Passing the Design Responsibility Parcel
There's a lot of talk about specialists and the supply chain becoming more engaged in the design process. We all (should) know that it's critical to define who is responsible for which part of the design, and this is essential when designing a waterproofing strategy.
The RIBA Plan of Work (2013) reflects this collaborative approach to design and project delivery and indicates that the Design Responsibility Matrix should be progressed early in the development of the project (Stage 1: Preparation and Brief). But in my experience, design responsibility appears to be ignored by most or passed around like the proverbial hot potato, until contractual appointments have been made or the project has progressed beyond detailed design. This is the point at which the main contractor will often look to pass liability down the line to the specialist designer who may be a contractor, specialist contractor or supplier. It's a game of Pass the Parcel that is repeated on most major projects, creating paperwork, delays and unnecessary stress.
The supply chain is an integrated hierarchy of suppliers providing services or products either directly to the contractor or another supplier in the supply chain, and this creates an issue for design responsibility. Often the first and second tier of the supply chain commit to demanding contractual liabilities, but as the chain develops, these liabilities lessen with suppliers at the end of the chain rarely being committed beyond designing with reasonable skill and care.
I read recently (http://bit.ly/1qM90uC) that the 'reasonable skill and care formula' could be defined as the skill, care, diligence, efficiency and professional conduct reasonably expected from a consultant with the qualification and experience suitable for the services. Depending on the contract, this may mean that the contractor can’t pass responsibility down to the specialist and therefore needs to remain active in the process of design or conversely, design responsibility may lie with the specialist, as they are the active designer. Attributing design responsibility when the project is well under way is often an exercise in semantics, hence the importance of agreeing the design responsibility matrix at an early stage of the project.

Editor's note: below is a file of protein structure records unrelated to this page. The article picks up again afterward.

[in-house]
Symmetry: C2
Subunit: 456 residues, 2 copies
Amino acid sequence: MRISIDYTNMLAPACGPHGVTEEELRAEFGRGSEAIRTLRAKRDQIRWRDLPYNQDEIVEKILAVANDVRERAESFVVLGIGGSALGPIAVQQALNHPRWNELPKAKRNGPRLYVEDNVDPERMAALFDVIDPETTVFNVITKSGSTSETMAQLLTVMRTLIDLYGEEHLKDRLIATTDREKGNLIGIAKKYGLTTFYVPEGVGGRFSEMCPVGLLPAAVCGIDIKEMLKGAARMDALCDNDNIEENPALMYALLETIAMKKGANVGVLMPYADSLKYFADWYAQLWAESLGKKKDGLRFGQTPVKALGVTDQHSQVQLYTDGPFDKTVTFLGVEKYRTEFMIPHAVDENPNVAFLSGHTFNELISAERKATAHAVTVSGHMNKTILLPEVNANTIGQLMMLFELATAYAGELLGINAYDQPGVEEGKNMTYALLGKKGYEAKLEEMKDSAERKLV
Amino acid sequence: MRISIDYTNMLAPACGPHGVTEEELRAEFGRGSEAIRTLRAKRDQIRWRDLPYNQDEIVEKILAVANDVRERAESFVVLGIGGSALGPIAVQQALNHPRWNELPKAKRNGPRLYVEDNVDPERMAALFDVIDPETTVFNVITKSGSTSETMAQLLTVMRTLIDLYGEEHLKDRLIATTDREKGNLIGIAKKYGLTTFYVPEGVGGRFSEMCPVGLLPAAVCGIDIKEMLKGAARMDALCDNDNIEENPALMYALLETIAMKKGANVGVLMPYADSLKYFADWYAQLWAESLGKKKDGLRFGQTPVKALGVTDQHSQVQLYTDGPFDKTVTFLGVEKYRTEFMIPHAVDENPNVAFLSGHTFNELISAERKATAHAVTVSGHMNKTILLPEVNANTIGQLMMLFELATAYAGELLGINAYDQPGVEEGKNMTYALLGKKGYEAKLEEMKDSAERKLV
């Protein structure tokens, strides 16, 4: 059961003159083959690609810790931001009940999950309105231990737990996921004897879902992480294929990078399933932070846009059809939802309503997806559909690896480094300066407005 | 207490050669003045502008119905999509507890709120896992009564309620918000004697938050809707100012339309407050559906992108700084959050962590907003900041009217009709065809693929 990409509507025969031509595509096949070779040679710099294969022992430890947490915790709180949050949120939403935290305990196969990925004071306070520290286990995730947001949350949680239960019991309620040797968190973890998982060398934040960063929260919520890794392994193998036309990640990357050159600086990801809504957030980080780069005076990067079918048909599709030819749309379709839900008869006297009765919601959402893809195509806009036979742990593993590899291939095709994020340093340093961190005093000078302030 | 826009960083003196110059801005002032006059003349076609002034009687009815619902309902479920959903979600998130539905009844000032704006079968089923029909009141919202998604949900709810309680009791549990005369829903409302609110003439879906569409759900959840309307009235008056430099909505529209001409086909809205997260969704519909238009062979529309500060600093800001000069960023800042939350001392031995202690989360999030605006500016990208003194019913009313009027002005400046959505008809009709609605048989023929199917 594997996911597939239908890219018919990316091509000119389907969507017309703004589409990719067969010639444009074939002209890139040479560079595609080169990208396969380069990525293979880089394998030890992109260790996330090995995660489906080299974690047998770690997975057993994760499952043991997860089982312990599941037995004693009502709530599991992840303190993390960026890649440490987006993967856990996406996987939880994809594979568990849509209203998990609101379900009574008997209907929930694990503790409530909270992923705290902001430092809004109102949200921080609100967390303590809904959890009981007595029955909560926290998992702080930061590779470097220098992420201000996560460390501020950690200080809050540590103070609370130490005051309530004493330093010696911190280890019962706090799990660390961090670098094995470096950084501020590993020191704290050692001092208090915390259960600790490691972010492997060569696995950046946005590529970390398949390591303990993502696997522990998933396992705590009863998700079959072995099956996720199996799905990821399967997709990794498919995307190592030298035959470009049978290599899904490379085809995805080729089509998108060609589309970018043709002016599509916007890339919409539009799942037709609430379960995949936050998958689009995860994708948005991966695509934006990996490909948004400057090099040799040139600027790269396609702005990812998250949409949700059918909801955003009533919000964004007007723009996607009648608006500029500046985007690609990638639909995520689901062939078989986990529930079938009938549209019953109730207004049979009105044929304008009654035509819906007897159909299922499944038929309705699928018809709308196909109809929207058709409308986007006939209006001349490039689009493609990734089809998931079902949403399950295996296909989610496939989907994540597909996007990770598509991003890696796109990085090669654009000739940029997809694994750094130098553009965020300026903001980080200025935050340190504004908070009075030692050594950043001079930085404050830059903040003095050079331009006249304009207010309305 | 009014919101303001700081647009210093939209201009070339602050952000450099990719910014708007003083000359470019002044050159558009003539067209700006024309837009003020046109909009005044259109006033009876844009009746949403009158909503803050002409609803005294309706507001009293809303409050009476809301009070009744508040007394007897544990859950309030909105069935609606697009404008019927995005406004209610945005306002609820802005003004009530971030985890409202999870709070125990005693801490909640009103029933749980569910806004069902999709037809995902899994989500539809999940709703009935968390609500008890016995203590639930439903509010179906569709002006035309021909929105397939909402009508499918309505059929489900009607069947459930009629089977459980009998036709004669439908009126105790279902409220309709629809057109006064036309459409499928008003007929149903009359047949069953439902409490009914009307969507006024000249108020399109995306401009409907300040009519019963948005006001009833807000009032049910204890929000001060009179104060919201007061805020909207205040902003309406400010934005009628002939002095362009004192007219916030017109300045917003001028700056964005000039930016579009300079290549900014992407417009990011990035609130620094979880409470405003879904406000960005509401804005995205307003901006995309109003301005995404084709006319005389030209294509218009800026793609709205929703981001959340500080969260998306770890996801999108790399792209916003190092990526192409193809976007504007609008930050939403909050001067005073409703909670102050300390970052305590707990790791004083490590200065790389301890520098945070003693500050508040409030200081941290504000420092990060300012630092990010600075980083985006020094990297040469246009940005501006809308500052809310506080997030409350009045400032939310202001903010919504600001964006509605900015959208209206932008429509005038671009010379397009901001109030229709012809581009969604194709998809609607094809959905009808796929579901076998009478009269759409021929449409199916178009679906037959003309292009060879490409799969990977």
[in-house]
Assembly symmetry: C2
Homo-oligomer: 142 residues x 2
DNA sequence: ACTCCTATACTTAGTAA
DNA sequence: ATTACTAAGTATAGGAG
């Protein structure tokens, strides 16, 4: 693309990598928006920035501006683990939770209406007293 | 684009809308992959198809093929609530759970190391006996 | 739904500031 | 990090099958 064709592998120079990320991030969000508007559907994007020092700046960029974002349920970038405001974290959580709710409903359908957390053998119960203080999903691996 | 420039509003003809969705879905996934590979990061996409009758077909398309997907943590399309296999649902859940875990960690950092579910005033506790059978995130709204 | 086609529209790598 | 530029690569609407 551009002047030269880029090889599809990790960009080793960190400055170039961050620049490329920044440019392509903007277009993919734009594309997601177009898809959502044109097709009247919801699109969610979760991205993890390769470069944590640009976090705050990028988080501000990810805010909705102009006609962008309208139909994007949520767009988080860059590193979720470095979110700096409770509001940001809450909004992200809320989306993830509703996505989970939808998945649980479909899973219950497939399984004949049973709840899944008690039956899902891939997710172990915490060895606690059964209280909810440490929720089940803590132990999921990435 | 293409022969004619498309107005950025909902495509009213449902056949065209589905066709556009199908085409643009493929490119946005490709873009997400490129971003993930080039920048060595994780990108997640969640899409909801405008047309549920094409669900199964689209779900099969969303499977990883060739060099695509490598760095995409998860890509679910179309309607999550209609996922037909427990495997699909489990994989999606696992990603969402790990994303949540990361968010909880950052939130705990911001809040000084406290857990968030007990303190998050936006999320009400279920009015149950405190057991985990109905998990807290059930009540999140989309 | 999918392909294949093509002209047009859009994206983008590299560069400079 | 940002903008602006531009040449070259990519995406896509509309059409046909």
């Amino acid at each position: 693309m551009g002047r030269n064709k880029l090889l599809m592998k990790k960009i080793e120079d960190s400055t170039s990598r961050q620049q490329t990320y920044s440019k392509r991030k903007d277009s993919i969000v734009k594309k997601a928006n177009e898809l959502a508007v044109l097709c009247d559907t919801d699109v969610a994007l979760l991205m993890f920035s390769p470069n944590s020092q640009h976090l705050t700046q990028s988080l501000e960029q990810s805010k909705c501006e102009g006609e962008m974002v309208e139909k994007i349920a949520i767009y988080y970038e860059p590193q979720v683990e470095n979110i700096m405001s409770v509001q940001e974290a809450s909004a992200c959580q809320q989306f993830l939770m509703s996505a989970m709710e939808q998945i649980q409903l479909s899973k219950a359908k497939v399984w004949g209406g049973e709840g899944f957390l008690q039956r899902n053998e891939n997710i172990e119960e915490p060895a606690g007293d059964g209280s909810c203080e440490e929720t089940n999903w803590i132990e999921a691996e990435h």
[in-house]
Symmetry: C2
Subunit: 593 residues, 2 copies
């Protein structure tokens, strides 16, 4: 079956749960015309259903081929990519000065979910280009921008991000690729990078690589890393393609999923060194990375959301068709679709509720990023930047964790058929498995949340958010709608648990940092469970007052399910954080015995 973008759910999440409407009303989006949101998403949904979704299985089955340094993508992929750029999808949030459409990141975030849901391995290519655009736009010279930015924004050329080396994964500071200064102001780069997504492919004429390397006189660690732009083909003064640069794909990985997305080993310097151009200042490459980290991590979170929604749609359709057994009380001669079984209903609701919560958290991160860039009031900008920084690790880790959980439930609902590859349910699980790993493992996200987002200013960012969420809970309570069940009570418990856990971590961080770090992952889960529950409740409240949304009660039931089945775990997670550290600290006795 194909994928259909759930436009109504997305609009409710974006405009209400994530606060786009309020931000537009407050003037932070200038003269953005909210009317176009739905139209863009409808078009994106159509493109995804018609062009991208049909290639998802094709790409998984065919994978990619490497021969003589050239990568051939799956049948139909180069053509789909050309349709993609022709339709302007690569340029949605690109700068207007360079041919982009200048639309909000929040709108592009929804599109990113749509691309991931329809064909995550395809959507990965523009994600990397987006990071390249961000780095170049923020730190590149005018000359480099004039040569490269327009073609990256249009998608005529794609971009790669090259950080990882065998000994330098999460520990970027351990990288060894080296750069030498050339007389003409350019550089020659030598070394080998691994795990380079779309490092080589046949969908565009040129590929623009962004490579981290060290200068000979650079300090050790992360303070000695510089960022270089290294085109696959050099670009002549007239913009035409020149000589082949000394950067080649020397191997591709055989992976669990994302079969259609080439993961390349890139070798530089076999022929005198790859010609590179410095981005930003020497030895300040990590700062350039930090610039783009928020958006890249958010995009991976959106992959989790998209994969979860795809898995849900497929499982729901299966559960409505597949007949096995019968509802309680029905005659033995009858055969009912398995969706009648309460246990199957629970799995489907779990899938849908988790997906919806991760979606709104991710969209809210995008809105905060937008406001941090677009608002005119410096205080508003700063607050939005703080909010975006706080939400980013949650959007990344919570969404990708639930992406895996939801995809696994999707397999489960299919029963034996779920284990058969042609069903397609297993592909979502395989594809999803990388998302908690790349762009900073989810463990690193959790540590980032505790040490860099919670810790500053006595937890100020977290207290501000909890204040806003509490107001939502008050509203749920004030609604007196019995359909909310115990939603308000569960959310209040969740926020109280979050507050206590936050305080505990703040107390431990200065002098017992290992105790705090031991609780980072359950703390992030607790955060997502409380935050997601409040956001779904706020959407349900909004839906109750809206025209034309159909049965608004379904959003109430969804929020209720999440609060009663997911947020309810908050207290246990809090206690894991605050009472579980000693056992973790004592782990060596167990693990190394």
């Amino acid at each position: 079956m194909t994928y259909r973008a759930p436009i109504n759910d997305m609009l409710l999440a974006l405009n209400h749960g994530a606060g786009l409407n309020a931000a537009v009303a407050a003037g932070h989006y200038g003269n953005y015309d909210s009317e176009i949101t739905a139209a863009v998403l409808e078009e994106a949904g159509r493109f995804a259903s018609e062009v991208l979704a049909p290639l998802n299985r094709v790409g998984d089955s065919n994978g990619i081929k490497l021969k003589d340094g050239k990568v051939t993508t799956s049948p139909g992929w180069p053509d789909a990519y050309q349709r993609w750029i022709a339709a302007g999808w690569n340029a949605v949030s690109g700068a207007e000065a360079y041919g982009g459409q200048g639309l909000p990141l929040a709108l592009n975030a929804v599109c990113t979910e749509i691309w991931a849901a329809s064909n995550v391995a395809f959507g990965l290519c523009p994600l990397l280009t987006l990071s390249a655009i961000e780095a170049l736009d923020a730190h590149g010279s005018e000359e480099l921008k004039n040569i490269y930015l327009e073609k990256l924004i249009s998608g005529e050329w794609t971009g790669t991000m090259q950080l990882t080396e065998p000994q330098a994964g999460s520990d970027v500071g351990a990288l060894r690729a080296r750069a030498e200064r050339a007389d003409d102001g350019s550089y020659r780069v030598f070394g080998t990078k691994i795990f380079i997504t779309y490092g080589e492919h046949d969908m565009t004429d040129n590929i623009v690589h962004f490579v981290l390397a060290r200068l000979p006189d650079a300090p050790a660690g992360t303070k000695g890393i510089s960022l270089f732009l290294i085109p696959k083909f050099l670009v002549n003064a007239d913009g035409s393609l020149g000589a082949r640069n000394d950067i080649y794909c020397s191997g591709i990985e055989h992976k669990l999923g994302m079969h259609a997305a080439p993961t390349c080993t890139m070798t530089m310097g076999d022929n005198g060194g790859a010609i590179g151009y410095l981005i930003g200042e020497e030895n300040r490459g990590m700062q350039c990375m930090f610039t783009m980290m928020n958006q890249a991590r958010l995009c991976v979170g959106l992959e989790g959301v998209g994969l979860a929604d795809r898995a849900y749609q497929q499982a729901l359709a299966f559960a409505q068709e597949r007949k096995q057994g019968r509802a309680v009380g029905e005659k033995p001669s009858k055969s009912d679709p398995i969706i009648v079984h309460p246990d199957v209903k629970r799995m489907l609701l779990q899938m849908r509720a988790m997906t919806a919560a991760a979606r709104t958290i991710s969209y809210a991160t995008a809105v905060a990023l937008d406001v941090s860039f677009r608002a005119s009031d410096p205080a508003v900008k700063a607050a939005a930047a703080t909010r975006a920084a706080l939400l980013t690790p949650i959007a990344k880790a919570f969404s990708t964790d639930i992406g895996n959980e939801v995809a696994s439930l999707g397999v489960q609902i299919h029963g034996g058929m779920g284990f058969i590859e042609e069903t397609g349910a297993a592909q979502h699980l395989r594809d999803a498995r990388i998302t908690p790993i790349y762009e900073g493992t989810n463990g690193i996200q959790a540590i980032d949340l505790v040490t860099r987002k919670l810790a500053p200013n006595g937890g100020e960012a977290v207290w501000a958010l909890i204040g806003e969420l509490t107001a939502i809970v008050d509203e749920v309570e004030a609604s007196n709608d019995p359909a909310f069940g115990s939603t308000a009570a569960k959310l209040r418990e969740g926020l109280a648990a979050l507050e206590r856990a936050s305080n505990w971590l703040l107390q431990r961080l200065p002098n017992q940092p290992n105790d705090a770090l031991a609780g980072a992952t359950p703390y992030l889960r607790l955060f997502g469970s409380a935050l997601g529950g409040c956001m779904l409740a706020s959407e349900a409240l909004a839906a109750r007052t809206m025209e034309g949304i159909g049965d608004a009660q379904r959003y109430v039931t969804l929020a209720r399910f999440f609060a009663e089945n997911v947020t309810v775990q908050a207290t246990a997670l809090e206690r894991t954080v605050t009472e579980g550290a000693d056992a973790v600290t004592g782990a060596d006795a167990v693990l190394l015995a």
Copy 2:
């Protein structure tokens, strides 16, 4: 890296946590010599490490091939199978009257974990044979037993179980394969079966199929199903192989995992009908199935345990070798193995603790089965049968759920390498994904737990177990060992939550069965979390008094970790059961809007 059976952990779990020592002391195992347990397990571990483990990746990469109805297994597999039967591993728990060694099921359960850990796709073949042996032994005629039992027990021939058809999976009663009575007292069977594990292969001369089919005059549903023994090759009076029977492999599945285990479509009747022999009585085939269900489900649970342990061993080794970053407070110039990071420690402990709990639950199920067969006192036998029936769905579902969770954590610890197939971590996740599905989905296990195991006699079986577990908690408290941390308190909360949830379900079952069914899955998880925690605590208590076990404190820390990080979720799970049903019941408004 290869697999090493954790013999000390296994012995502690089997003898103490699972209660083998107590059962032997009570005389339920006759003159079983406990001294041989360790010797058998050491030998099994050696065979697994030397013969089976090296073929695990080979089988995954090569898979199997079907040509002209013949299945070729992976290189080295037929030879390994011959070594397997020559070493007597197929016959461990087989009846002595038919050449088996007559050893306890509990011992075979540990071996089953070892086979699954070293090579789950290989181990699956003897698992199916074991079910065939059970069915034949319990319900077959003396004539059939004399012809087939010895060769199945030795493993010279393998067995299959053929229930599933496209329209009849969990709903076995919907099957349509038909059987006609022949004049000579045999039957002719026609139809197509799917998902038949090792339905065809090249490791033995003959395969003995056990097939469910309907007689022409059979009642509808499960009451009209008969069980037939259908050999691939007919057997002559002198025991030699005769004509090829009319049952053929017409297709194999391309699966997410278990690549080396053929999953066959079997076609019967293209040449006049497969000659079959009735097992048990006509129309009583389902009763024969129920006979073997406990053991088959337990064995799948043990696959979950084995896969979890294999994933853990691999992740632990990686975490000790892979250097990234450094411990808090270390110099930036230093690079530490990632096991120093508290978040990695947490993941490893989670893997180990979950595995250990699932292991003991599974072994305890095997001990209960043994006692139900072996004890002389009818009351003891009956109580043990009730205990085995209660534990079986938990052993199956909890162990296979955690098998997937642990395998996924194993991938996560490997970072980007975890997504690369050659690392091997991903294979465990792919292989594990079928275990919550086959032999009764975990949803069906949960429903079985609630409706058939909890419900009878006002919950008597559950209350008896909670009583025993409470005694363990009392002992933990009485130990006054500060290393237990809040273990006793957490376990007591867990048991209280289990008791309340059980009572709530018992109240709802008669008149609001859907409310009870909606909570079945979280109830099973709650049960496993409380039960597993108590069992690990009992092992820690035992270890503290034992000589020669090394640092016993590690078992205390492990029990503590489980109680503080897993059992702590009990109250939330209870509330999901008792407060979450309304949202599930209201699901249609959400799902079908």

If the design team can have a sensible discussion about liability, without passing the parcel, there will be greater collaboration between the design and project delivery teams from an early stage of a project. For example, as a waterproofing design specialist, we know that the architects and engineers who specify our products don't want their specification changed because of liability issues further down the supply chain. That's why we actively engage with contractors who are looking to establish relationships beyond direct, first tier suppliers. Setting up a design responsibility framework or a partnering agreement stops the game before it is played, and prevents those with design responsibility from turning a blind eye to the project delivery stage. It is a contractual responsibility to speak up if the design has flaws or needs amending.
Our Major Project Protocol is supported by our investment in Professional Indemnity Insurance (which provides cover for negligence, stemming from a failure to use reasonable skill and care), our highly qualified and experienced technical services, and on-site support teams. That way, we can get on with the work, rather than play the game.
By Martin Radford, Business Manager at RIW Ltd